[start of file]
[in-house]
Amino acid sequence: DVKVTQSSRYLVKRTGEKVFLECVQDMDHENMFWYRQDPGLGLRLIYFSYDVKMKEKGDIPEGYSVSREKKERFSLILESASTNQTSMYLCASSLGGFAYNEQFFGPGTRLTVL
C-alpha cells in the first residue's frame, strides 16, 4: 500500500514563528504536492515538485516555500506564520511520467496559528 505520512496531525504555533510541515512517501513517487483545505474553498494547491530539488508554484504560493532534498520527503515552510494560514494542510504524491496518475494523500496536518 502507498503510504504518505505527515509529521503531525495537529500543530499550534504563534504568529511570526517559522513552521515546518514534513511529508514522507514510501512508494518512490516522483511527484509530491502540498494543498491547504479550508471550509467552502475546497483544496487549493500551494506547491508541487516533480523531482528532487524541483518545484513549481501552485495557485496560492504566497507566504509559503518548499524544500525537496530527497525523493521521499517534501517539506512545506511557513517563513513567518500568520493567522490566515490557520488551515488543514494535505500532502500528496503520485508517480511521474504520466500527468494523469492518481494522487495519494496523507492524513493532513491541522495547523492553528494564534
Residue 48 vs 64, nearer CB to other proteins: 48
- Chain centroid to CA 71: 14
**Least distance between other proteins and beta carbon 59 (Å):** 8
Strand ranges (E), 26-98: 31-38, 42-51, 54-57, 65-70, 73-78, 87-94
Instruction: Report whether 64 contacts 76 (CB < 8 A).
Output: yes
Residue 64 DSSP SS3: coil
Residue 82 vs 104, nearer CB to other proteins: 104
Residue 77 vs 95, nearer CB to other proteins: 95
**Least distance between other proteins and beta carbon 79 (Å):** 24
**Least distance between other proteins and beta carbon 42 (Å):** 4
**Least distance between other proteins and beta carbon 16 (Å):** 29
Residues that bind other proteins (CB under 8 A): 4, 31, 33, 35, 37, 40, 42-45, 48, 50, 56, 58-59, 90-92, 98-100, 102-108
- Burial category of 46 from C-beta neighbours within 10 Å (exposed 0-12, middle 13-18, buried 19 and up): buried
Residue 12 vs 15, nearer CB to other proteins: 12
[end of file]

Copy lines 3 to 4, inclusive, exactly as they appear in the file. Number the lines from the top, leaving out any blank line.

C-alpha cells in the first residue's frame, strides 16, 4: 500500500514563528504536492515538485516555500506564520511520467496559528 505520512496531525504555533510541515512517501513517487483545505474553498494547491530539488508554484504560493532534498520527503515552510494560514494542510504524491496518475494523500496536518 502507498503510504504518505505527515509529521503531525495537529500543530499550534504563534504568529511570526517559522513552521515546518514534513511529508514522507514510501512508494518512490516522483511527484509530491502540498494543498491547504479550508471550509467552502475546497483544496487549493500551494506547491508541487516533480523531482528532487524541483518545484513549481501552485495557485496560492504566497507566504509559503518548499524544500525537496530527497525523493521521499517534501517539506512545506511557513517563513513567518500568520493567522490566515490557520488551515488543514494535505500532502500528496503520485508517480511521474504520466500527468494523469492518481494522487495519494496523507492524513493532513491541522495547523492553528494564534
Residue 48 vs 64, nearer CB to other proteins: 48